History

Ice cover cooperates in Franklin search — for now

First surveying trip a success, but tougher conditions beckon
  • Aug 21, 2014
  • 309 words
  • 2 minutes
Side-scan sonar used in this summer’s Franklin search Expand Image
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The first surveying trip of the 2014 Victoria Strait Expedition is wrapping up, with the crew of the research vessel Martin Bergmann making the 24-hour journey back to Cambridge Bay, Nunavut, to resupply.

Parks Canada’s underwater archaeology team surveyed in the Queen Maud Gulf for 52 straight hours, using side-scan sonar. The early focus this year was on Wilmot and Crampton bays, areas where Inuit in the 19th century claimed to have spotted a mast protruding from the water.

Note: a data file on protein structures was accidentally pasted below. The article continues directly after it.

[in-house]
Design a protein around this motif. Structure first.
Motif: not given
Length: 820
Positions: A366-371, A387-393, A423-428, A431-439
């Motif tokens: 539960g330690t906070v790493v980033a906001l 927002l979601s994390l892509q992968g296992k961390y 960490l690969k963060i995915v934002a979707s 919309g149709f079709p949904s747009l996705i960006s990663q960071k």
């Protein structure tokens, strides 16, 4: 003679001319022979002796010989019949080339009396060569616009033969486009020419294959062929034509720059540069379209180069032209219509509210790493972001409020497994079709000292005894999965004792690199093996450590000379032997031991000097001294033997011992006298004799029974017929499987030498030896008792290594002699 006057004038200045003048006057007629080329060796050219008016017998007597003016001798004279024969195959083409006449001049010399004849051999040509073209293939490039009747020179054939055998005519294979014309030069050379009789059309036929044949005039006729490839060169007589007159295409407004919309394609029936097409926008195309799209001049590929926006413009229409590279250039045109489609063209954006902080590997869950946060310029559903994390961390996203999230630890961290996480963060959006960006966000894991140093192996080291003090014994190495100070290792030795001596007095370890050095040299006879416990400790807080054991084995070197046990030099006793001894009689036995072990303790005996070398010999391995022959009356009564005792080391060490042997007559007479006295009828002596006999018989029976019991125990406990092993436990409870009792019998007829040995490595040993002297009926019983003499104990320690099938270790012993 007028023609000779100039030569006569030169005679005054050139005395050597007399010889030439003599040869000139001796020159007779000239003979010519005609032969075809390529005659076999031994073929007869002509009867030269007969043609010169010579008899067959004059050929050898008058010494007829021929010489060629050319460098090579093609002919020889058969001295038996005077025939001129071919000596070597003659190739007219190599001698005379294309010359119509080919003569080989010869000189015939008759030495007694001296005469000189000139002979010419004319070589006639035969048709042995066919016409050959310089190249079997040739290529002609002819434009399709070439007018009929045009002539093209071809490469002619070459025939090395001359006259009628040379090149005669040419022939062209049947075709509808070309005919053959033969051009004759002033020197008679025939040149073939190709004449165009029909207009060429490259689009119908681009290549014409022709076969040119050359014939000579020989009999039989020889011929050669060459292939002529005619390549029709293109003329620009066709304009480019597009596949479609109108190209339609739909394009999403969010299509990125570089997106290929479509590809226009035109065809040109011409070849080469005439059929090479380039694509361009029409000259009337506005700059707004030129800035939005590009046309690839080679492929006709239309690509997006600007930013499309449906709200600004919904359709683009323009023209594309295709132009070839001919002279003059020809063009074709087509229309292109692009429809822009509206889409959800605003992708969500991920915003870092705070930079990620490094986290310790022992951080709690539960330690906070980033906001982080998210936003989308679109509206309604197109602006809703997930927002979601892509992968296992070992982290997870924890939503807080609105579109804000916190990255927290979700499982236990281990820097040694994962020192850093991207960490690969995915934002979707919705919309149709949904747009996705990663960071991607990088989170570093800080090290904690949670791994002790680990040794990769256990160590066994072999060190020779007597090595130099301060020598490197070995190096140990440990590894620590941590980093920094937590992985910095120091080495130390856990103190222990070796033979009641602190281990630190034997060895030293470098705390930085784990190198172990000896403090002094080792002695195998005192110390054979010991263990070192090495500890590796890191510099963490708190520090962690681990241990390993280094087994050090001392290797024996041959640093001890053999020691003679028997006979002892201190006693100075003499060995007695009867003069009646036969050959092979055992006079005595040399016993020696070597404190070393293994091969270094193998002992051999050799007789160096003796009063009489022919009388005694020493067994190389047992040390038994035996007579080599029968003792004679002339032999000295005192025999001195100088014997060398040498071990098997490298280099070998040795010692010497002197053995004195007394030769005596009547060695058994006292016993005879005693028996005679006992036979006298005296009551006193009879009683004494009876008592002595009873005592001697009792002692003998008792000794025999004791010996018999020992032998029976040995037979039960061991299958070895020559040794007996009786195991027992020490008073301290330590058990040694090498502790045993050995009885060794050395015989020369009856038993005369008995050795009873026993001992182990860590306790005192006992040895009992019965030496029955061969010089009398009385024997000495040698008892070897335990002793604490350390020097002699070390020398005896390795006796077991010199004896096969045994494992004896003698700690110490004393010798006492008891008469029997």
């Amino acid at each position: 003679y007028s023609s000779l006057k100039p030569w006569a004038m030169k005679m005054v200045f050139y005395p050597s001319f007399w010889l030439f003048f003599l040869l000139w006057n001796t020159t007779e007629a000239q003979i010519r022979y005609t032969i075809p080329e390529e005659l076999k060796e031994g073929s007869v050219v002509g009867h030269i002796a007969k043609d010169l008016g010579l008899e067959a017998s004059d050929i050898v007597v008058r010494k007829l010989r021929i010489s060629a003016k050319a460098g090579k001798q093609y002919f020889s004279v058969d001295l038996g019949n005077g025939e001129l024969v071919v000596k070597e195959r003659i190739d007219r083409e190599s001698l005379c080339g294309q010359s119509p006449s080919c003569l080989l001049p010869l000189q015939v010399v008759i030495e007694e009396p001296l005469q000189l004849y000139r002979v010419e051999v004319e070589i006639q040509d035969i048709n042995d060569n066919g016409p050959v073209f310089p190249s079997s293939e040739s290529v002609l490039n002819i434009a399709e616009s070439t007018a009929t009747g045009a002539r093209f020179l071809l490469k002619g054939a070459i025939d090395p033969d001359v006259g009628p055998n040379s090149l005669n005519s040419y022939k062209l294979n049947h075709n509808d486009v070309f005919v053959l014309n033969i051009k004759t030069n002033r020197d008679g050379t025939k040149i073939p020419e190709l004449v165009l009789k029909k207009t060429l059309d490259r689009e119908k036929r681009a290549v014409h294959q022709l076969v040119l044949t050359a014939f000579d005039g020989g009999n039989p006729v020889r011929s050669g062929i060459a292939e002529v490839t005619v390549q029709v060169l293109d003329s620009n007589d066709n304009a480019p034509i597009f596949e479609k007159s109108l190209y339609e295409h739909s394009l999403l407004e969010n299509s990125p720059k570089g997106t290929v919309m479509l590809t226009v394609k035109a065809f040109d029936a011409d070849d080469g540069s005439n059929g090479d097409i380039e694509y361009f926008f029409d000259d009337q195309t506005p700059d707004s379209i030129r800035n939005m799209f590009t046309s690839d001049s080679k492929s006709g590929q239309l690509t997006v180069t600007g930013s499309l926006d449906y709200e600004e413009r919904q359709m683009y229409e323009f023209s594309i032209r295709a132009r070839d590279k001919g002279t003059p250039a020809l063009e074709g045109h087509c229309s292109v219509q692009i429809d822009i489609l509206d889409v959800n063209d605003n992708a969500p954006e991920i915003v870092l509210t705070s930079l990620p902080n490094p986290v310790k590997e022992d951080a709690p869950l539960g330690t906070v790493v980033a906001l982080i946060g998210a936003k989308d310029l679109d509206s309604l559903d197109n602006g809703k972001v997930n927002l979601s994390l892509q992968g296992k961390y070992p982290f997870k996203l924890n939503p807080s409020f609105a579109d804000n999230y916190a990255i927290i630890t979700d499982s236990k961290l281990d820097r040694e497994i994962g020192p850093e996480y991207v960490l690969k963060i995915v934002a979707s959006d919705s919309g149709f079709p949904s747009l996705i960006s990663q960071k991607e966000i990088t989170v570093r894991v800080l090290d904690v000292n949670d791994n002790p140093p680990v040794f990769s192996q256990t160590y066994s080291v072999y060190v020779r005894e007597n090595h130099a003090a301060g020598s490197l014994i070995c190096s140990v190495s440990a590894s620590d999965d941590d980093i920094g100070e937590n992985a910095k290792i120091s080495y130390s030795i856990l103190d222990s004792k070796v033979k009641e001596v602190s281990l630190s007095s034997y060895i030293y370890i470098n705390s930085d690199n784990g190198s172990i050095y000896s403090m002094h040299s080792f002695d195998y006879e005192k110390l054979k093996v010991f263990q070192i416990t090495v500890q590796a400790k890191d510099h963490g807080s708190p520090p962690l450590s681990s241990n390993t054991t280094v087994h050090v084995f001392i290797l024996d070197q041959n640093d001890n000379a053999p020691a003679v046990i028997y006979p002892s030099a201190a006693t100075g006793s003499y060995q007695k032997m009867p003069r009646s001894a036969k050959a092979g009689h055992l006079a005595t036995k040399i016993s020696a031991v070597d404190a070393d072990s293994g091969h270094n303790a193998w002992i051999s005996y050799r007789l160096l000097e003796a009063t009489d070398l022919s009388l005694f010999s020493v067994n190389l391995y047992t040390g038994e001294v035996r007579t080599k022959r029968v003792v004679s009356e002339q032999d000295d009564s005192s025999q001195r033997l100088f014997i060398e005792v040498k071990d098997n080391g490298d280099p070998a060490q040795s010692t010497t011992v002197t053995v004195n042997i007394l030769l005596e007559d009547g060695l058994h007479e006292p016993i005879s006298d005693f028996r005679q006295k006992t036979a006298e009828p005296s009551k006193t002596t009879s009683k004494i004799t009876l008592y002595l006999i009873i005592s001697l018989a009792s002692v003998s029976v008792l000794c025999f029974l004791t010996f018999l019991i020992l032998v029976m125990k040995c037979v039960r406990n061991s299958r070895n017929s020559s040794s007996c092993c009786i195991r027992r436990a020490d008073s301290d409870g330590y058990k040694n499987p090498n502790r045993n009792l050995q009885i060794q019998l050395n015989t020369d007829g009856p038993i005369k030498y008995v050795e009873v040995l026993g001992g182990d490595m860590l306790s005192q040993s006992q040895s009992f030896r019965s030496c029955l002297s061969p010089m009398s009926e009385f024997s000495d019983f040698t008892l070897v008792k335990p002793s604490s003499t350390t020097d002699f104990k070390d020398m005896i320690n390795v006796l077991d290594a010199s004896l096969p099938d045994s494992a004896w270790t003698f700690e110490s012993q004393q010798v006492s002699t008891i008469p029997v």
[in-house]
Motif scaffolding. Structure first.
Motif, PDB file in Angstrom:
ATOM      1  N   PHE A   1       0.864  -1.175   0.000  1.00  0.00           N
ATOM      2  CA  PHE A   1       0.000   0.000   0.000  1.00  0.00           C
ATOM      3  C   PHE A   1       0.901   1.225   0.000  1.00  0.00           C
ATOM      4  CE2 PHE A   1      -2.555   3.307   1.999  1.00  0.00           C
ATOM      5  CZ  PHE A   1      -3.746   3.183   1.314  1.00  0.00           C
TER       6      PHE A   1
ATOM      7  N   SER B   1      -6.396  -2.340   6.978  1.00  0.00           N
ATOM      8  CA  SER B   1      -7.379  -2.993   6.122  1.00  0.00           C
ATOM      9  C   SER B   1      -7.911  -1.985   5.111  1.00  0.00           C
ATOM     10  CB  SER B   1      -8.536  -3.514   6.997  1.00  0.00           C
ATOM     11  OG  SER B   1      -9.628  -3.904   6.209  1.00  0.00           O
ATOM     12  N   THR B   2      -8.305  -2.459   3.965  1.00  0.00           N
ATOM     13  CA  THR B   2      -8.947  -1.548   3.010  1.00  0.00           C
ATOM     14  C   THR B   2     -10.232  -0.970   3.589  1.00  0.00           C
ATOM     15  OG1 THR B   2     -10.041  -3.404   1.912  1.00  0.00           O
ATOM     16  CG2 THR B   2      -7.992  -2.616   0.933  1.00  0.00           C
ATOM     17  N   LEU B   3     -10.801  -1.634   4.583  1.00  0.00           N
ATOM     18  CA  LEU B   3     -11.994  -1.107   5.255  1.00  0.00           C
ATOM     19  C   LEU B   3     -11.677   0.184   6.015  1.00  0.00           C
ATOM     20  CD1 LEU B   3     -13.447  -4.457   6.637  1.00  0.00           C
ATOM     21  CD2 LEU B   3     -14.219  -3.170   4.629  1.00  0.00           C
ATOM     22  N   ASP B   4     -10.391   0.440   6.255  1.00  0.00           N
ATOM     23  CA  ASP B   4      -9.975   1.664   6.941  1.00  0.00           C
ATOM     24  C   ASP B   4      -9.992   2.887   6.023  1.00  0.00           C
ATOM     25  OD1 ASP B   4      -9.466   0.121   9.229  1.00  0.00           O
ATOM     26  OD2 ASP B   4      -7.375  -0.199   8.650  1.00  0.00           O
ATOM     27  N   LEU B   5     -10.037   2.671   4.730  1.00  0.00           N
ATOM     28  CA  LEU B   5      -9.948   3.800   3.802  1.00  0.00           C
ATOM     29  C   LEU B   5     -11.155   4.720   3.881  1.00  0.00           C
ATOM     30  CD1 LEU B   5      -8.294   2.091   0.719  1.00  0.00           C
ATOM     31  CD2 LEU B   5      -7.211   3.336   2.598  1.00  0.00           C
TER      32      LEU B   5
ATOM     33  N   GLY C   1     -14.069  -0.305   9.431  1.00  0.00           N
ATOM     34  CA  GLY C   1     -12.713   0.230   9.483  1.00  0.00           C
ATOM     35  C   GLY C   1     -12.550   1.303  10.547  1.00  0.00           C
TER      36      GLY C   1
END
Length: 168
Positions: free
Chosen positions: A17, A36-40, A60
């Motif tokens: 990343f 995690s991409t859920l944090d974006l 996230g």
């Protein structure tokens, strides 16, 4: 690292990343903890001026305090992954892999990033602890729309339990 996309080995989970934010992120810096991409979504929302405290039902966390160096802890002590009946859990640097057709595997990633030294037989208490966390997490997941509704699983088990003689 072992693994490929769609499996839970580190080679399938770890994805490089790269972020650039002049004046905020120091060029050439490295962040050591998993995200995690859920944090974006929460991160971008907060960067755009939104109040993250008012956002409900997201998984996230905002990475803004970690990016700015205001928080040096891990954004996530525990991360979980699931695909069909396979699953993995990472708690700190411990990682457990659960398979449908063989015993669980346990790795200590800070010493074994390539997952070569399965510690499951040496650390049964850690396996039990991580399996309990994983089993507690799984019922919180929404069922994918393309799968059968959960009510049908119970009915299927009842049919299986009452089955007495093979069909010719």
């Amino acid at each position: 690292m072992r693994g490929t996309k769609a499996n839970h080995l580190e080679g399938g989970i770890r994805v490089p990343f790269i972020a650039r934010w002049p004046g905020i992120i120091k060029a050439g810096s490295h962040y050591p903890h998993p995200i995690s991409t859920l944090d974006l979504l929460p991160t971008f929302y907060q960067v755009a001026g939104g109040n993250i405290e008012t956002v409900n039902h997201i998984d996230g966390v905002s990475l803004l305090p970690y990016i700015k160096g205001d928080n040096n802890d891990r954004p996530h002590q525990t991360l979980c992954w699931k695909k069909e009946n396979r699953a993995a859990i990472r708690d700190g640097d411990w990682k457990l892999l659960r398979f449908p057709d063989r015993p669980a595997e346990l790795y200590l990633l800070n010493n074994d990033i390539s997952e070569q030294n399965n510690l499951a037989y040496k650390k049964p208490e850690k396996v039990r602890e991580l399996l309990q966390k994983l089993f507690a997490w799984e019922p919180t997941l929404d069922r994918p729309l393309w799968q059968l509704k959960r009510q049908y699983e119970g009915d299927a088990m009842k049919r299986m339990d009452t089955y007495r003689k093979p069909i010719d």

“It was the largest stretch of benign weather that we’ve had since we started surveying in 2008,” says Parks Canada archaeologist Ryan Harris, who is helping lead the search for Sir John Franklin’s lost ships, Erebus and Terror. “We picked up where we left off last year, surveying 60.75 square kilometres.”

The ice-free and calm waters of the Queen Maud Gulf made for ideal surveying during the most recent search period. Looking forward, however, conditions seem somewhat less promising. The central Arctic is experiencing an especially heavy ice year, with ice covering upward of 90 per cent of the ocean’s surface in the Victoria Strait and parts of Peel Sound.

“We’ve had a really good run when it comes to ice cover allowing us to do our work,” Harris says. “It’s been very clear of ice during our surveys. The exception was 2009, when we didn’t have a platform to search from anyway, so it was a good year to miss. We were due for a change of fortune, and it’s not looking terribly promising at the moment. It’s hard not to think of what Franklin and his men were facing when they were beset in Larsen Sound. It’s quite possible that the Erebus and Terror were faced with a very similar situation to what we’re seeing this year when they were caught in the ice.”

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